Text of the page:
Course of depressive symptoms after myocardial infarction and cardiac prognosis: a latent class analysis.

Department of Psychiatry, University Medical Center Groningen, University of Groningen, The Netherlands.
Psychosomatic Medicine (Impact Factor: 4.09). 68(5):662-8. DOI: 10.1097/01.psy.0000233237.79085.57
Source: PubMed

ABSTRACT The presence of depressive symptoms after myocardial infarction (MI) is a risk factor for new cardiovascular events. The importance of the course of post-MI depressive symptoms for cardiac prognosis is not clear. We therefore set out to investigate whether different courses of post-MI depressive symptoms can be identified and determine their associations with cardiac events.
Data were derived from the Depression after Myocardial Infarction (DepreMI) study, a naturalistic follow-up study of patients admitted for an MI in four hospitals in The Netherlands (N = 475). Scores on the Beck Depression Inventory (BDI) during hospitalization and at 3, 6, and 12 months post-MI were analyzed. Using latent class analysis (LCA), we identified classes characterized by distinctive courses of depressive symptoms and then examined their link to cardiac prognosis.
The prevalence of significant depressive symptoms ranged from 22.7% to 25.5% throughout the post-MI year. Five distinct courses were found: no depressive symptoms (56.4%), mild depressive symptoms (25.7%), moderate and increasing depressive symptoms (9.3%), significant but decreasing depressive symptoms (4.6%), and significant and increasing depressive symptoms (4.0%). Subjects in this last class had, statistically, a significantly higher risk for a new cardiovascular event compared with subjects without depressive symptoms (hazard ratio (HR) = 2.73; p = .01). Controlling for baseline cardiac status and sociodemographic data did not alter the association (HR = 2.46; p = .03).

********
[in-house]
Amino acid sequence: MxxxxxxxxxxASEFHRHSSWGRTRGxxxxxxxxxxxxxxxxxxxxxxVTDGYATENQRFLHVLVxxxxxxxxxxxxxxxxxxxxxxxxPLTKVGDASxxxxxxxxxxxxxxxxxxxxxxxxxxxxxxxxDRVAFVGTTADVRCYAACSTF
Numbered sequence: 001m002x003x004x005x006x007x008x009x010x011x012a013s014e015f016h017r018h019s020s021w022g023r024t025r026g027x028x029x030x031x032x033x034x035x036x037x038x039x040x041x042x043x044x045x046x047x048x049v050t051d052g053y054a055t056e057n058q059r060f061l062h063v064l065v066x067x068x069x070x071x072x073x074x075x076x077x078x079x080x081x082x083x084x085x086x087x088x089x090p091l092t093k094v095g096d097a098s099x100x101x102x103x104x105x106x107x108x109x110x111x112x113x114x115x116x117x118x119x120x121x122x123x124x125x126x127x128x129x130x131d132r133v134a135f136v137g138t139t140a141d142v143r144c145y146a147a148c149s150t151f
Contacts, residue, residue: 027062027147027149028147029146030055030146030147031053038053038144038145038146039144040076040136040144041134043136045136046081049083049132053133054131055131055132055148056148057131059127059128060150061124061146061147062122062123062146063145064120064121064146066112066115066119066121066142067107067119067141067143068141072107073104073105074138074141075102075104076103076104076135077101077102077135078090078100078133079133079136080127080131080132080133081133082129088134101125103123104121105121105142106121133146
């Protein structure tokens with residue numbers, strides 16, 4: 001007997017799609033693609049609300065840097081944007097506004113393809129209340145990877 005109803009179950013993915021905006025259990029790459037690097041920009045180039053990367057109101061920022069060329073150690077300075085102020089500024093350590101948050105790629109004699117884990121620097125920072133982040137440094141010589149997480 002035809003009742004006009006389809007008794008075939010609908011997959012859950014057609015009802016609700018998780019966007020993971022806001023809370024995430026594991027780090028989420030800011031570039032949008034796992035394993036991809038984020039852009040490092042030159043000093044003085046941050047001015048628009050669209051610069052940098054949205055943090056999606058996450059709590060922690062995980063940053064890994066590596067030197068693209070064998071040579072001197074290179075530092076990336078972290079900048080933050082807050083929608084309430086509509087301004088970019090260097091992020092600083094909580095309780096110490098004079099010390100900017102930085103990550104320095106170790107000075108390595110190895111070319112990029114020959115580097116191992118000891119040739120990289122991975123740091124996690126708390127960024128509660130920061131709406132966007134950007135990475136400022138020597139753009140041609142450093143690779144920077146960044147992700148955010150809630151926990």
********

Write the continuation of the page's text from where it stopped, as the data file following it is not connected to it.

Post-MI depressed subjects with significant and increasing depressive symptoms are at particular risk of new cardiac events. This subgroup may be most suited for evaluation of the effects of antidepressant treatment on cardiac prognosis.

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    ABSTRACT: Using combined individual patient data from prospective studies, we explored sex differences in depression and prognosis post-myocardial infarction (MI) and determined whether disease indices could account for found differences. Individual patient data analysis of 10,175 MI patients who completed diagnostic interviews or depression questionnaires from 16 prospective studies from the MINDMAPS study was conducted. Multilevel logistic and Cox regression models were used to determine sex differences in prevalence of depression and sex-specific effects of depression on subsequent outcomes. Combined interview and questionnaire data from observational studies showed that 36% (635/1760) of women and 29% (1575/5526) of men reported elevated levels of depression (age-adjusted odds ratio = 0.68, 95% confidence interval [CI] = 0.60-0.77). The risk for all-cause mortality associated with depression was higher in men (hazard ratio = 1.38, 95% CI = 1.30-1.47) than in women (hazard ratio = 1.22, 95% CI = 1.14-1.31; sex by depression interaction: p < .001). Low left ventricular ejection fraction (LVEF) was associated with higher depression scores in men only (sex by LVEF interaction: B = 0.294, 95% CI = 0.090-0.498), which attenuated the sex difference in the association between depression and prognosis. The prevalence of depression post-MI was higher in women than in men, but the association between depression and cardiac prognosis was worse for men. LVEF was associated with depression in men only and accounted for the increased risk of all-cause mortality in depressed men versus women, suggesting that depression in men post-MI may, in part, reflect cardiovascular disease severity.
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